The 1966 publication of the first edition of “After Auschwitz” assured Richard L. Rubenstein’s place in Jewish theology.
Written 21 years after the liberation of the camps and 18 years after Israel’s creation, the issues raised in “After Auschwitz” were so remarkably simple, his points so basic, that they could not be ignored.
Rubenstein, who died in Bridgeport, Connecticut on May 16 at age 97, argued that Jewish theology would have to respond to the twin revolutions of modern Jewish history: The Holocaust and the rise of the state of Israel. These two events had transformed the Jewish people demographically, physically, geographically, and psychologically.
To the post-World War II generation, the synagogue was an acceptable way for post-immigrant professional Jews to remain Jews within America, for them to remain acceptable to their neighbors, and still congregate and socialize among themselves.
Yet Rubenstein had argued that the teachings of the Synagogue, the God of history, God’s omnipotence and omniscience were simply not credible in a post-Holocaust world. The liberal synagogue had an important function to play, just not the one it was preaching.
He argued that after Auschwitz the belief in a redeeming God who is active in history and who will redeem mankind from its vicissitudes is no longer possible. Belief in such a God and an allegiance to the rabbinic theodicy that attempted to justify Him would imply that Hitler was part of a divine plan and that Israel was being punished for her sins.
“The idea is simply too obscene for me to accept,” he wrote.
While few theologians agreed with his radical conclusions, rejecting the God of history, all addressed them, denouncing him, criticizing him, celebrating him, engaging him, respecting him. The works of Emil Fackenheim, Eliezer Berkovits, Irving Greenberg and Eliezer Schweid were inconceivable without Rubenstein. So too, Abraham Joshua Heschel’s response to the Holocaust and Eugene Borowitz, to write only of his age peers.
The reception in academic and Christian theological circles that “After Auschwitz” received virtually guaranteed that the Jewish community would have to grapple with Rubenstein’s challenge. Rubenstein was featured in Time magazine and other prestigious general journals. He even had an interview in Playboy, an odd forum for a theologian, even more unusual for a rabbi, especially one who had taught the conservative virtues of marriage and monogamy.
Yet unlike his Christian counterparts Rubenstein could not celebrate the “functional death of God.” If God is dead, then everything is permissible, everything including Auschwitz, which he regarded as a unique and catastrophic manifestation of modernity.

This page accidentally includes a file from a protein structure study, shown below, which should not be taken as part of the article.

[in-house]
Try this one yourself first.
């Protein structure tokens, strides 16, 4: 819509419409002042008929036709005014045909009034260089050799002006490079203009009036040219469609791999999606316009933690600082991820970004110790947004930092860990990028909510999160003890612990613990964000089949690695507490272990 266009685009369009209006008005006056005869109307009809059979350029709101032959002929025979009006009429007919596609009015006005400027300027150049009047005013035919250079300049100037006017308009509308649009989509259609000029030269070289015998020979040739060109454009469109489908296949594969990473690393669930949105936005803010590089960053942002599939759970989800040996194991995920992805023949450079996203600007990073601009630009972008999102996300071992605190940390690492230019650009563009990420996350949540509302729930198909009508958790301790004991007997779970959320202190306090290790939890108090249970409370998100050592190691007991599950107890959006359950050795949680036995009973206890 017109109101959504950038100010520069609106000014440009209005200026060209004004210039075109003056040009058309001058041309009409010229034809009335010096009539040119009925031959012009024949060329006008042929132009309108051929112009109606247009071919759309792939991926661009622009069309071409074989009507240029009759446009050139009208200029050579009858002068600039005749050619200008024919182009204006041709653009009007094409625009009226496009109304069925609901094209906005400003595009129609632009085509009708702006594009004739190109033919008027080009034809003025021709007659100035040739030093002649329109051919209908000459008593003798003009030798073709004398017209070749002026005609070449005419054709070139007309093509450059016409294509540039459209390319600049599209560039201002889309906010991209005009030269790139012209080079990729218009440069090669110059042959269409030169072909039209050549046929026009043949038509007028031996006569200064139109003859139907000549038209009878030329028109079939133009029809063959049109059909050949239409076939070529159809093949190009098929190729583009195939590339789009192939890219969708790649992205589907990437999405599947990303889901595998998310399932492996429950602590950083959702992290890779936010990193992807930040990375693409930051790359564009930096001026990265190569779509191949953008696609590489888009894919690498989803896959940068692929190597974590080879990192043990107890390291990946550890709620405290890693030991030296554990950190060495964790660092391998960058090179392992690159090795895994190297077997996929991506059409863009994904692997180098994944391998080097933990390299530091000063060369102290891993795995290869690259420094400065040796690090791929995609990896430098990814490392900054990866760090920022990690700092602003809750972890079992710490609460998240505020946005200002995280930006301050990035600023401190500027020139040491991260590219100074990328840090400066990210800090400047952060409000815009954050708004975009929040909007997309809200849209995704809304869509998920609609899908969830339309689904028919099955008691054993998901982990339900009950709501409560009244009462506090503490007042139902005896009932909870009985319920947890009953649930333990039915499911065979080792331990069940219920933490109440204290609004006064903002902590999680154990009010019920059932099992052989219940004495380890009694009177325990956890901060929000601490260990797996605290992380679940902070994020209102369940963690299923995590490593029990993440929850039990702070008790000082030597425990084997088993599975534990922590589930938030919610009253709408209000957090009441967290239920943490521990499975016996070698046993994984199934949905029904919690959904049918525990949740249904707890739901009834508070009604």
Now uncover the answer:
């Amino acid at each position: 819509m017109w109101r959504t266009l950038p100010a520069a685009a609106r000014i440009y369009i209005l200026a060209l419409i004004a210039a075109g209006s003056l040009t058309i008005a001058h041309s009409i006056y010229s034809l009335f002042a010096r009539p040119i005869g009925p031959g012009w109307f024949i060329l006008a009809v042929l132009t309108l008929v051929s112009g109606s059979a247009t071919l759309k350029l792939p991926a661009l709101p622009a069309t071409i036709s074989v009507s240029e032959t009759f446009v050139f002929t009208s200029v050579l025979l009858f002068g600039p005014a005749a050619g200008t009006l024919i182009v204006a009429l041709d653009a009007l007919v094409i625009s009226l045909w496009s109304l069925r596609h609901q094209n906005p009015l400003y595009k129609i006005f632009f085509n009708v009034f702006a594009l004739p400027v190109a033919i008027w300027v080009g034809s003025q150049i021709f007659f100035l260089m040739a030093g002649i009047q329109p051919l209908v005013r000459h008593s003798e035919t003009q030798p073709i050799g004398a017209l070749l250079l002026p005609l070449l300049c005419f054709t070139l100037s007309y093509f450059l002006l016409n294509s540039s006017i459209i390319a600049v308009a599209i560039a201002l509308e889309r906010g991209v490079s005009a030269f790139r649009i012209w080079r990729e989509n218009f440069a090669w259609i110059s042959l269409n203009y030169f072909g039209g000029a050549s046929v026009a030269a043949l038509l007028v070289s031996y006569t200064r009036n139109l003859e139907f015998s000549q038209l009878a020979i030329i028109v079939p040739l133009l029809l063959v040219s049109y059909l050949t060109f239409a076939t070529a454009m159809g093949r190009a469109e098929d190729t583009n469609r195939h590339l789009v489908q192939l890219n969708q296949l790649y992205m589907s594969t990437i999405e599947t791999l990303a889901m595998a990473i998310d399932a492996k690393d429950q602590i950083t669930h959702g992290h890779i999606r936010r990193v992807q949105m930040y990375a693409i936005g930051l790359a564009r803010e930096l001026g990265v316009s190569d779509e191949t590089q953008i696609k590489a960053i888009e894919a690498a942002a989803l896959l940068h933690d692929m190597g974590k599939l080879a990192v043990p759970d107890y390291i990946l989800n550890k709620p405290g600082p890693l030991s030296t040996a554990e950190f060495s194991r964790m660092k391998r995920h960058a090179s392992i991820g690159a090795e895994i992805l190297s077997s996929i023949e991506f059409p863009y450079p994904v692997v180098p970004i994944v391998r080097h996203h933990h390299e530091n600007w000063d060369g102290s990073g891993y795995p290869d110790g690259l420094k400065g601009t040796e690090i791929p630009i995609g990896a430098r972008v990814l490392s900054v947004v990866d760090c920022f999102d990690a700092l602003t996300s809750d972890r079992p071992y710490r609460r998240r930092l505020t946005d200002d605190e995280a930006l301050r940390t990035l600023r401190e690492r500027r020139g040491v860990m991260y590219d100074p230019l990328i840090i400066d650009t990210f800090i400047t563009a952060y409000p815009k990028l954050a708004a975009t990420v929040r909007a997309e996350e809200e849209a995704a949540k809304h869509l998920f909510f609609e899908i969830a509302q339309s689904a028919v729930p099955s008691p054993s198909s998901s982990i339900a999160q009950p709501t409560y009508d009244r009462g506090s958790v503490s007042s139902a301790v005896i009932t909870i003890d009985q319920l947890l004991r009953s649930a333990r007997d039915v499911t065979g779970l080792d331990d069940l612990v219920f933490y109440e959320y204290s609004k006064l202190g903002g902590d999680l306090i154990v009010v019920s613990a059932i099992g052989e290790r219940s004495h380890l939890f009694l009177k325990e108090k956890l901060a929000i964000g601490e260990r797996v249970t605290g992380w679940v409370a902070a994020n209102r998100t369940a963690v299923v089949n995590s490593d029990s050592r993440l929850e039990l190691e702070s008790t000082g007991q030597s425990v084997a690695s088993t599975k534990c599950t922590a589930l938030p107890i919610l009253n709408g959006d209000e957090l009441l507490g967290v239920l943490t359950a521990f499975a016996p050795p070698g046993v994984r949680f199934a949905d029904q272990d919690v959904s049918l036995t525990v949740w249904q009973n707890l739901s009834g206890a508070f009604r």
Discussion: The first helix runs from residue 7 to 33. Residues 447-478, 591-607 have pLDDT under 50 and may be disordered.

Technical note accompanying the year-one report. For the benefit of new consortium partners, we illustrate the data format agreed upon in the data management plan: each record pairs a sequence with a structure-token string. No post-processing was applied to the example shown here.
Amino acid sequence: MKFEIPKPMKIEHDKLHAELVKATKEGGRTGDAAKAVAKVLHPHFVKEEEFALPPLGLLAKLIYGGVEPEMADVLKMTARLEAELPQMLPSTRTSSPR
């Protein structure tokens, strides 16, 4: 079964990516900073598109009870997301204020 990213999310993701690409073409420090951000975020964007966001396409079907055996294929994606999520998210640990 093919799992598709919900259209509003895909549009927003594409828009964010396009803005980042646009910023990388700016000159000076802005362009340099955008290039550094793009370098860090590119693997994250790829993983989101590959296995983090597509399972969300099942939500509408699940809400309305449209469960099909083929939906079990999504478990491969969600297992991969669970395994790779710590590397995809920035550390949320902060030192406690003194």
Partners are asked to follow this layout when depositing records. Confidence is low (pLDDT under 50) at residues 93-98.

The late Jacob Neusner, a man who also faced controversy, called Rubenstein’s work “searching and courageous,” saying, “The abuse to which he has been subjected seems to me the highest possible tribute on the part of his enemies to the compelling importance of his contribution.”
Rubenstein was reared in an assimilated home with only the most marginal of Jewish affiliation. His mother, a college graduate in the 1920’s, named her son Richard Lowell and never imagined that he would turn toward the rabbinate. His family’s assimilation was so complete that Rubenstein was not to have a bar mitzvah.
Rubenstein turned toward the Reform movement with its progressive sense of modernity and rationality precisely as the world was exploding. He turned toward Judaism in response to his own innate religiosity; he had once sought to become a Unitarian minister but was told he would have to change his name and would not permit himself that self-falsification.
He met his first wife Ellen Vanderwin in Cincinnati. She had escaped from the Netherlands with her family just as the German invaded. Her father Max left everything behind, survival was all important. It was a lesson Rubenstein conveyed to his family and his students. The mother of his four children, the marriage ended in divorce in the 1960s.
He turned toward tradition in response to the Holocaust in a seemingly deliberate, perhaps desperate attempt to counteract the destruction of the Jewish people in Europe.
So he moved with Abraham Joshua Heschel in 1945 from the Hebrew Union College in Cincinnati to the conservative Jewish Theological Seminary in New York; and then while at the Seminary he studied at the Orthodox Yeshiva Chaim Berlin. A quarter century later, he was to recall with reverence his Orthodox experience, which he regarded as an authentic path of integrity for the men he met; not so for him as the outside.